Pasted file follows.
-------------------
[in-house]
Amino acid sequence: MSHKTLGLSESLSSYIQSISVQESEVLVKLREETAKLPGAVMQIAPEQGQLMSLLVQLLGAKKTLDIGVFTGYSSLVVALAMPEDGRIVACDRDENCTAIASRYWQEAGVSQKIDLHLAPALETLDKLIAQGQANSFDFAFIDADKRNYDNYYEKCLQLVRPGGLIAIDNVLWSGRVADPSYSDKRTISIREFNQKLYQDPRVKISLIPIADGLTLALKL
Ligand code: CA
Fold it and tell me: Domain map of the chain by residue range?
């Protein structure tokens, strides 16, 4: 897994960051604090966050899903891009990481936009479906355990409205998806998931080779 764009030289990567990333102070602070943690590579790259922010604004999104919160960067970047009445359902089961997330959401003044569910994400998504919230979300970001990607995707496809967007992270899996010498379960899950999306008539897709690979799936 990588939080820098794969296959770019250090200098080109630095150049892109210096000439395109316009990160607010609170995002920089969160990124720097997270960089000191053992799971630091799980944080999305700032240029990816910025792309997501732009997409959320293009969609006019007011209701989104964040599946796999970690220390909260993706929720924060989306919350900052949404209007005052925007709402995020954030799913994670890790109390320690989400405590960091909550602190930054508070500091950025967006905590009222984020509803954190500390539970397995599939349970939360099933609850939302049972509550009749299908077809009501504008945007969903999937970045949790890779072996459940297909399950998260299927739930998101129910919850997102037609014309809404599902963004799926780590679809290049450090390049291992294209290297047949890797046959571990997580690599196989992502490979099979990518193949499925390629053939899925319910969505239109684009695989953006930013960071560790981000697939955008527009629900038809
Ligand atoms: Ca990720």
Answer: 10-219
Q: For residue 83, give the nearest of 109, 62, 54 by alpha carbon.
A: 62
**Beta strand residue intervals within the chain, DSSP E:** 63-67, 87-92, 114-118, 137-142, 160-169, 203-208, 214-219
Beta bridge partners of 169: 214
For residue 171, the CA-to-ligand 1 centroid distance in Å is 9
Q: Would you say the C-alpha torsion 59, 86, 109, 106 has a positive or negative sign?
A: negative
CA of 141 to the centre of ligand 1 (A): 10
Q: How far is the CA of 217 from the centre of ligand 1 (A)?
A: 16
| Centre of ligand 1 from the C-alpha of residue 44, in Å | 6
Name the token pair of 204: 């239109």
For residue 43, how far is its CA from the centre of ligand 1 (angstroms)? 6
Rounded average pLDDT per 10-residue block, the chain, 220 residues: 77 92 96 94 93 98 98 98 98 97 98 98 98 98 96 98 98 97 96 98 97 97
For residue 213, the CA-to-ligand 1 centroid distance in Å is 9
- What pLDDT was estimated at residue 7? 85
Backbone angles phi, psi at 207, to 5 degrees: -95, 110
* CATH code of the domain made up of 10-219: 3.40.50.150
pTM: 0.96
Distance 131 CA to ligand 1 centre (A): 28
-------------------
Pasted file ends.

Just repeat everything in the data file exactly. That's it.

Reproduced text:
[in-house]
Amino acid sequence: MSHKTLGLSESLSSYIQSISVQESEVLVKLREETAKLPGAVMQIAPEQGQLMSLLVQLLGAKKTLDIGVFTGYSSLVVALAMPEDGRIVACDRDENCTAIASRYWQEAGVSQKIDLHLAPALETLDKLIAQGQANSFDFAFIDADKRNYDNYYEKCLQLVRPGGLIAIDNVLWSGRVADPSYSDKRTISIREFNQKLYQDPRVKISLIPIADGLTLALKL
Ligand code: CA
Fold it and tell me: Domain map of the chain by residue range?
């Protein structure tokens, strides 16, 4: 897994960051604090966050899903891009990481936009479906355990409205998806998931080779 764009030289990567990333102070602070943690590579790259922010604004999104919160960067970047009445359902089961997330959401003044569910994400998504919230979300970001990607995707496809967007992270899996010498379960899950999306008539897709690979799936 990588939080820098794969296959770019250090200098080109630095150049892109210096000439395109316009990160607010609170995002920089969160990124720097997270960089000191053992799971630091799980944080999305700032240029990816910025792309997501732009997409959320293009969609006019007011209701989104964040599946796999970690220390909260993706929720924060989306919350900052949404209007005052925007709402995020954030799913994670890790109390320690989400405590960091909550602190930054508070500091950025967006905590009222984020509803954190500390539970397995599939349970939360099933609850939302049972509550009749299908077809009501504008945007969903999937970045949790890779072996459940297909399950998260299927739930998101129910919850997102037609014309809404599902963004799926780590679809290049450090390049291992294209290297047949890797046959571990997580690599196989992502490979099979990518193949499925390629053939899925319910969505239109684009695989953006930013960071560790981000697939955008527009629900038809
Ligand atoms: Ca990720």
Answer: 10-219
Q: For residue 83, give the nearest of 109, 62, 54 by alpha carbon.
A: 62
**Beta strand residue intervals within the chain, DSSP E:** 63-67, 87-92, 114-118, 137-142, 160-169, 203-208, 214-219
Beta bridge partners of 169: 214
For residue 171, the CA-to-ligand 1 centroid distance in Å is 9
Q: Would you say the C-alpha torsion 59, 86, 109, 106 has a positive or negative sign?
A: negative
CA of 141 to the centre of ligand 1 (A): 10
Q: How far is the CA of 217 from the centre of ligand 1 (A)?
A: 16
| Centre of ligand 1 from the C-alpha of residue 44, in Å | 6
Name the token pair of 204: 């239109």
For residue 43, how far is its CA from the centre of ligand 1 (angstroms)? 6
Rounded average pLDDT per 10-residue block, the chain, 220 residues: 77 92 96 94 93 98 98 98 98 97 98 98 98 98 96 98 98 97 96 98 97 97
For residue 213, the CA-to-ligand 1 centroid distance in Å is 9
- What pLDDT was estimated at residue 7? 85
Backbone angles phi, psi at 207, to 5 degrees: -95, 110
* CATH code of the domain made up of 10-219: 3.40.50.150
pTM: 0.96
Distance 131 CA to ligand 1 centre (A): 28